The trip started with most people arriving on Friday to set up camp. I was arriving on Saturday so all I asked was for them to leave me a couple of good trees so I could hang my hammock. Of course that wasn't a problem, so I grabbed the camping stuff that has been living on my bike full time lately, along with some other camping essentials that I normally take on other trips. After spending most of Saturday with my dogs (I didn't want to leave them), I packed up and headed south by southwest. I knew the two and a half hour trip would be easy, but traffic in the middle of South Carolina changed that to shitty. Eventually I made it to Columbia, where I stopped for some weekend provisions. Back on the road, I made it to the campsite at a decent time.
I noticed that I might be in for more fun than I had anticipated when I saw this sign...
I looked around for some new friends but I was disappoint. It was too chilly outside for them to be active. Meh.
When I rolled up to our site, everyone was there. They had already ridden for the day, but I was just happy to be out in the woods with friends.
I setup my home for the weekend and made plans to relax.
This is my usual setup, at least since I started bikepacking anyway. The only problem is, I hadn't really tested it in cold weather. My other trips had some cooler temperatures at night, but the low for this night would be around 30 degrees so I was a little worried. I stopped thinking about it, because... Who gives a shit. We cooked some food, had some adult beverages, and sat around by the fire for a while, just enjoying it all.
I drifted off to sleep but kept waking up. I thought maybe it was because I usually sleep on my stomach and a hammock doesn't work like that, but I didn't know for sure. I was plenty warm, but sometimes I just don't sleep so well (even in my own bed.) I never looked at the time while I was tossing and turning, but at some point I had to get up to get rid of all that beer. And then I was cold.
I let it out and hurried back into my hammock. Big problem though, the sleeping bag became cold instantly once I vacated it. I crawled back in, and once I finally stopped shivering I dozed off. This time until morning. Win.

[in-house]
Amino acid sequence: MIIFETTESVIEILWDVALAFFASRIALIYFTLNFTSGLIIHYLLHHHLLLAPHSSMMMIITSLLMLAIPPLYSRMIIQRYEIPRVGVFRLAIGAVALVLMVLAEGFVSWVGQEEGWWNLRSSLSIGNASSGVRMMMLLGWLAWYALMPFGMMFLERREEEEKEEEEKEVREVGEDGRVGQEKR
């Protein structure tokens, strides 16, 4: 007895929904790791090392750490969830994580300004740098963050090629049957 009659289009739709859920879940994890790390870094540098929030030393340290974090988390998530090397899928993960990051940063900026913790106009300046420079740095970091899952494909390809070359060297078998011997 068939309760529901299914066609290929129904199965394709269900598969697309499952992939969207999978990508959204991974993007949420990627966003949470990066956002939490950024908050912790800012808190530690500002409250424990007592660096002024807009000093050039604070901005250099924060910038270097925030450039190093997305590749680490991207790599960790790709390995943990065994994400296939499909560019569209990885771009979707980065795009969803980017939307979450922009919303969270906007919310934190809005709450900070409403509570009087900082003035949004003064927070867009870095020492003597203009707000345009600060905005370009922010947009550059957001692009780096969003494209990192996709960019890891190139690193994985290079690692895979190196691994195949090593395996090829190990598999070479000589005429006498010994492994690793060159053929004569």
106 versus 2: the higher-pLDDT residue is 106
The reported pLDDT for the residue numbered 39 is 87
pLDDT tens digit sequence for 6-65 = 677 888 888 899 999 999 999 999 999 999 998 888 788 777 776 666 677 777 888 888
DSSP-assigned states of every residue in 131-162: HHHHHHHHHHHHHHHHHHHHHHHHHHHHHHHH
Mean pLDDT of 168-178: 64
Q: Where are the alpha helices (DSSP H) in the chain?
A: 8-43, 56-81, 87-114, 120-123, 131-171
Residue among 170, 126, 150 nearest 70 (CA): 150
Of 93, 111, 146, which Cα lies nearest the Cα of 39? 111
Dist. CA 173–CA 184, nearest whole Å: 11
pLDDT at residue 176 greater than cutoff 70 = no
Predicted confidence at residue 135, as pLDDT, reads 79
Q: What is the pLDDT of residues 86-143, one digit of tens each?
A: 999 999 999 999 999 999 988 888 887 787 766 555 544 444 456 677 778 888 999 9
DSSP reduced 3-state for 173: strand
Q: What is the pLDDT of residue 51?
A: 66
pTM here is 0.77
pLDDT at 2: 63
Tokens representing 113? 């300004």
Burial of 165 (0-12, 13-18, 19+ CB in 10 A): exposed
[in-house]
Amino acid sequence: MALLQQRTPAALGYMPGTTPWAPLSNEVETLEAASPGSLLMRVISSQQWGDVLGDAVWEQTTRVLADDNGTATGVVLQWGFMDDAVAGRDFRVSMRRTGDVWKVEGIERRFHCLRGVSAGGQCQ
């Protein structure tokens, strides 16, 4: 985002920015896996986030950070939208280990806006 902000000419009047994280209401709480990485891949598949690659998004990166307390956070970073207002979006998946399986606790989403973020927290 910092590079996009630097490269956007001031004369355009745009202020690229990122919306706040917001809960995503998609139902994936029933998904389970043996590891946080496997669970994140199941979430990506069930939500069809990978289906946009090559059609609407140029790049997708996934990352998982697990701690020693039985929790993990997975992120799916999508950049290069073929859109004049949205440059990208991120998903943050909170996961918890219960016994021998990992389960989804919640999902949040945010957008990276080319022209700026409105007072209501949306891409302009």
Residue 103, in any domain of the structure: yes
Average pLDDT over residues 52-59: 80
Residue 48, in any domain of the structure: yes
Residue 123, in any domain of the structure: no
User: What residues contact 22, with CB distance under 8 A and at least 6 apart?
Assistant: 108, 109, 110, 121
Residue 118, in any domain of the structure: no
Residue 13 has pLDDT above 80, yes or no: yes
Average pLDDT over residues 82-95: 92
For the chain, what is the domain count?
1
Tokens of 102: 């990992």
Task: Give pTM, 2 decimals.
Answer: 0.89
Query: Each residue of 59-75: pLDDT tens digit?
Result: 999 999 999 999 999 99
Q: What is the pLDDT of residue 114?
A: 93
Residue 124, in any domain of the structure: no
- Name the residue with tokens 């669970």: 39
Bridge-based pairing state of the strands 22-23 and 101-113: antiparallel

I had my head covered up in the sleeping bag to stay warm, but when I peeked out I saw that the sun had come up. It was too cold for me to get up (so I thought), but at least I woke up to an amazing view. I grabbed my phone, and took this picture while I was still in my hammock:
Eventually I crawled out and put some more clothes on to warm up. I took another picture so I could remember that even though it was cold outside, it was still beautiful.
I made some breakfast and we all started talking about ride plans for the day. If you've ever been to FATS, then you know there's a fun, flowy side, and a totally different side. Good side, bad side if you will. Not really bad, but totally different than the smooth, roller coaster type trails that place is known for. I found out that the crew rode the "good" side the day before, so we would be riding the other stuff. Well, with the exception of one of the trails on that side that they missed due to a tire issue.
Short version, it seems that A-A Ron had a problem with is valve stem that caused it to pop out like a samurai sword and chop down the forest and any rider in his way. He had to go to a local bike shop to get it fixed, but he was ready to ride again.
So we took off...
The campsite was only about fifteen minutes away, so we rolled out of the campsite to get our fun on. When we got to the trailhead, I was still pretty cold. I had plenty of warm stuff on though, so once we got moving I would be good. We hit up Great Wall first, which was the perfect choice for my full rigid single speed.
I suddenly forgot that I was cold. We were flying down the hill and making short work of the small climbs on that loop. I could hear everyone laughing and screaming with joy as we hit the little jumps and berms. We were having a great time. Once that loop was finished, we stopped for a snack and headed back out to ride the other stuff. A few miles in, we saw a little doggo running up the trail with no owner in sight. It was odd. She was friendly, and latched onto us while we rode. We would pass people here and there (hikers and walkers) but that dog stayed with us. She was a good trail dog though, navigating the singletrack like she'd been there before. While it was pretty cool to have the company, we all started getting concerned that she was lost.
We stopped for a small break and I tried to give her some water. She didn't want it, even though she'd been running for miles and looked thirsty. We checked to see if she had tags so we could find the owner..
Photo Credit: Sergeant Major Todd
I'm not gonna lie though, I was having thoughts about bringing her home with me if we didn't find the owner. I'm pretty sure that A-A Ron was too.
Anyway, we kept riding. The last part of that loop had quite a few climbs, so we stopped frequently to regroup (for us and the dog.) We'd passed a trail runner just before we stopped, but he never said anything to indicate that was his dog. Once he passed us (while we were stopped) she followed him down the trail. We eventually got back to the trailhead and there was no sign of the trail runner or our new doggo friend. Maybe that was his dog and she does that all the time, but he's kind of a dick if he lets that happen. But, that's just like, my opinion, man.
We were still concerned about her, but she was nowhere to be found so there really wasn't anything we could do. We made plans to hit the final loop out there and finish our day in the saddle.
And I just noticed that I'm getting really wordy today, so I'll pick it back up tomorrow with the conclusion.